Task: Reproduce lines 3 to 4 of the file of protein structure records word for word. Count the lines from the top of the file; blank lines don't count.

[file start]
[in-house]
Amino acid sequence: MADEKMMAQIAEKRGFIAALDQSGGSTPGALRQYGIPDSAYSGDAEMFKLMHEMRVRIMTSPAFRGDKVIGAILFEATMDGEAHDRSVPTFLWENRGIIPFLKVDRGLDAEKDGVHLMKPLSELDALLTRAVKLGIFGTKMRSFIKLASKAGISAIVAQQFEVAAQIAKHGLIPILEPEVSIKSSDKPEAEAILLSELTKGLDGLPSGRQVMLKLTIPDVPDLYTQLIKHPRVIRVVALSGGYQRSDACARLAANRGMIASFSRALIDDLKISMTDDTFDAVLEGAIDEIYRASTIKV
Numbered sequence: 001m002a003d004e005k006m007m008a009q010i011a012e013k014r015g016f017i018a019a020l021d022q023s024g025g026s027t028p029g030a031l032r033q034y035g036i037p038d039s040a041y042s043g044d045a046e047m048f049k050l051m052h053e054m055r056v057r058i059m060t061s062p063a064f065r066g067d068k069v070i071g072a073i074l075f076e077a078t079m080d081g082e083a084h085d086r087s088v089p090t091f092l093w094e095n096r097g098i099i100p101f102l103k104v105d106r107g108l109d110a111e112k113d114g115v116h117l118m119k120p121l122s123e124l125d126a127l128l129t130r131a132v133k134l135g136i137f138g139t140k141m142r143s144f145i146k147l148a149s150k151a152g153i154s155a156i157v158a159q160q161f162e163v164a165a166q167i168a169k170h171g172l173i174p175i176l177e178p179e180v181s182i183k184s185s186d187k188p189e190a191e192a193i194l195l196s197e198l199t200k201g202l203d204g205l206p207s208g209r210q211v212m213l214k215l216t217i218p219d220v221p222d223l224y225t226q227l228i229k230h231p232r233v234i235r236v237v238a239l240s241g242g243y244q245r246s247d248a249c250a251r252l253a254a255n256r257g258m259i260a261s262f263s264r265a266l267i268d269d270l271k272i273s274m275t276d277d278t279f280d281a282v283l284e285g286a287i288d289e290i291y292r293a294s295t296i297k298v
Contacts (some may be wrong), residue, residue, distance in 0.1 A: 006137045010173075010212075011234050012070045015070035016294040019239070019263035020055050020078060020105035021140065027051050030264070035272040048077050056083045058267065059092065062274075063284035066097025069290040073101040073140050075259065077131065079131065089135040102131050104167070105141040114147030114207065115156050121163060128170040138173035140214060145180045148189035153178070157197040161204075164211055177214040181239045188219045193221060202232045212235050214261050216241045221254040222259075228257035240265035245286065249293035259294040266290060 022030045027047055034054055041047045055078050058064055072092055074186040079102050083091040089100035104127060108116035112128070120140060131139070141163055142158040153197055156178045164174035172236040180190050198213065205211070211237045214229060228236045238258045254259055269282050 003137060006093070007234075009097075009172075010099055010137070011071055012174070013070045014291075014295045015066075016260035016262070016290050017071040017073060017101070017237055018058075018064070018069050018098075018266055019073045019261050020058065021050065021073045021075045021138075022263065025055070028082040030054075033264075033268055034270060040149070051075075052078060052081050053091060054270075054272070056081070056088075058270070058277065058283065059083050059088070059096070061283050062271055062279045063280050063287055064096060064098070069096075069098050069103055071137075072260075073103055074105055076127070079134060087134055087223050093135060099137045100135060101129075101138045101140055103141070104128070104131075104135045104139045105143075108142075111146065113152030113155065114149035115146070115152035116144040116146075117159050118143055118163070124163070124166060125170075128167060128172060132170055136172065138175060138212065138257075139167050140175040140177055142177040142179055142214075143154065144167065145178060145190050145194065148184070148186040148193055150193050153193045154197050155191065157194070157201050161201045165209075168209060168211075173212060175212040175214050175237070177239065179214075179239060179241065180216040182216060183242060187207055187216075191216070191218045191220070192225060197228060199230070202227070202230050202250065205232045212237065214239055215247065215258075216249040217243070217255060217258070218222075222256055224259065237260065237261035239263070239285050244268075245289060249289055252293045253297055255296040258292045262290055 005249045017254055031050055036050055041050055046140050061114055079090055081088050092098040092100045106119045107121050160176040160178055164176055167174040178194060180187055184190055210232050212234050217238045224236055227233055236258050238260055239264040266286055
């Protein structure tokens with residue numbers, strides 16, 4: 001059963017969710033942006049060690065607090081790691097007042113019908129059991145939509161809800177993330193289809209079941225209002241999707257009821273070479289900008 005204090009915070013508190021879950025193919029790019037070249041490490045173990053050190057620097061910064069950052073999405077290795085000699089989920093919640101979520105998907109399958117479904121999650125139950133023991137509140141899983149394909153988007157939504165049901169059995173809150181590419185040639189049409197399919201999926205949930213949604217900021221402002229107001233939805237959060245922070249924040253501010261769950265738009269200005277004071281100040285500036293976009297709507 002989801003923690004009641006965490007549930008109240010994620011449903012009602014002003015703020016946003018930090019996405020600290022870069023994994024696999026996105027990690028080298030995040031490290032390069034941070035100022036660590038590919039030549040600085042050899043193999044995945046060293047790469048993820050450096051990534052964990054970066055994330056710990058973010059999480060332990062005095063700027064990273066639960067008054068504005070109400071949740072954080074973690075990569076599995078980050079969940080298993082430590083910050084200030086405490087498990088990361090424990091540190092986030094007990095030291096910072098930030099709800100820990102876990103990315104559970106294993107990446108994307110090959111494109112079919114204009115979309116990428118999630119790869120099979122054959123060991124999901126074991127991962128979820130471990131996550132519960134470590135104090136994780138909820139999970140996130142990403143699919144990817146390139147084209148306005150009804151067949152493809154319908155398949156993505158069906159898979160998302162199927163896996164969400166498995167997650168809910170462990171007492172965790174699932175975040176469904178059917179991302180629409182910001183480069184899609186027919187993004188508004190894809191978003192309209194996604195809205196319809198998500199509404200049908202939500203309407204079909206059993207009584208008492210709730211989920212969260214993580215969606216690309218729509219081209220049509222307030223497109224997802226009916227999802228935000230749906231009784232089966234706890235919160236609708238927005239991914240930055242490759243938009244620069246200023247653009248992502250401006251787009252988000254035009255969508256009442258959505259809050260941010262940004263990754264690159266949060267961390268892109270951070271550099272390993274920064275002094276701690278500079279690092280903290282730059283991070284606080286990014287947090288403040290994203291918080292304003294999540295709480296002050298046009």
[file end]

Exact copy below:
Numbered sequence: 001m002a003d004e005k006m007m008a009q010i011a012e013k014r015g016f017i018a019a020l021d022q023s024g025g026s027t028p029g030a031l032r033q034y035g036i037p038d039s040a041y042s043g044d045a046e047m048f049k050l051m052h053e054m055r056v057r058i059m060t061s062p063a064f065r066g067d068k069v070i071g072a073i074l075f076e077a078t079m080d081g082e083a084h085d086r087s088v089p090t091f092l093w094e095n096r097g098i099i100p101f102l103k104v105d106r107g108l109d110a111e112k113d114g115v116h117l118m119k120p121l122s123e124l125d126a127l128l129t130r131a132v133k134l135g136i137f138g139t140k141m142r143s144f145i146k147l148a149s150k151a152g153i154s155a156i157v158a159q160q161f162e163v164a165a166q167i168a169k170h171g172l173i174p175i176l177e178p179e180v181s182i183k184s185s186d187k188p189e190a191e192a193i194l195l196s197e198l199t200k201g202l203d204g205l206p207s208g209r210q211v212m213l214k215l216t217i218p219d220v221p222d223l224y225t226q227l228i229k230h231p232r233v234i235r236v237v238a239l240s241g242g243y244q245r246s247d248a249c250a251r252l253a254a255n256r257g258m259i260a261s262f263s264r265a266l267i268d269d270l271k272i273s274m275t276d277d278t279f280d281a282v283l284e285g286a287i288d289e290i291y292r293a294s295t296i297k298v
Contacts (some may be wrong), residue, residue, distance in 0.1 A: 006137045010173075010212075011234050012070045015070035016294040019239070019263035020055050020078060020105035021140065027051050030264070035272040048077050056083045058267065059092065062274075063284035066097025069290040073101040073140050075259065077131065079131065089135040102131050104167070105141040114147030114207065115156050121163060128170040138173035140214060145180045148189035153178070157197040161204075164211055177214040181239045188219045193221060202232045212235050214261050216241045221254040222259075228257035240265035245286065249293035259294040266290060 022030045027047055034054055041047045055078050058064055072092055074186040079102050083091040089100035104127060108116035112128070120140060131139070141163055142158040153197055156178045164174035172236040180190050198213065205211070211237045214229060228236045238258045254259055269282050 003137060006093070007234075009097075009172075010099055010137070011071055012174070013070045014291075014295045015066075016260035016262070016290050017071040017073060017101070017237055018058075018064070018069050018098075018266055019073045019261050020058065021050065021073045021075045021138075022263065025055070028082040030054075033264075033268055034270060040149070051075075052078060052081050053091060054270075054272070056081070056088075058270070058277065058283065059083050059088070059096070061283050062271055062279045063280050063287055064096060064098070069096075069098050069103055071137075072260075073103055074105055076127070079134060087134055087223050093135060099137045100135060101129075101138045101140055103141070104128070104131075104135045104139045105143075108142075111146065113152030113155065114149035115146070115152035116144040116146075117159050118143055118163070124163070124166060125170075128167060128172060132170055136172065138175060138212065138257075139167050140175040140177055142177040142179055142214075143154065144167065145178060145190050145194065148184070148186040148193055150193050153193045154197050155191065157194070157201050161201045165209075168209060168211075173212060175212040175214050175237070177239065179214075179239060179241065180216040182216060183242060187207055187216075191216070191218045191220070192225060197228060199230070202227070202230050202250065205232045212237065214239055215247065215258075216249040217243070217255060217258070218222075222256055224259065237260065237261035239263070239285050244268075245289060249289055252293045253297055255296040258292045262290055 005249045017254055031050055036050055041050055046140050061114055079090055081088050092098040092100045106119045107121050160176040160178055164176055167174040178194060180187055184190055210232050212234050217238045224236055227233055236258050238260055239264040266286055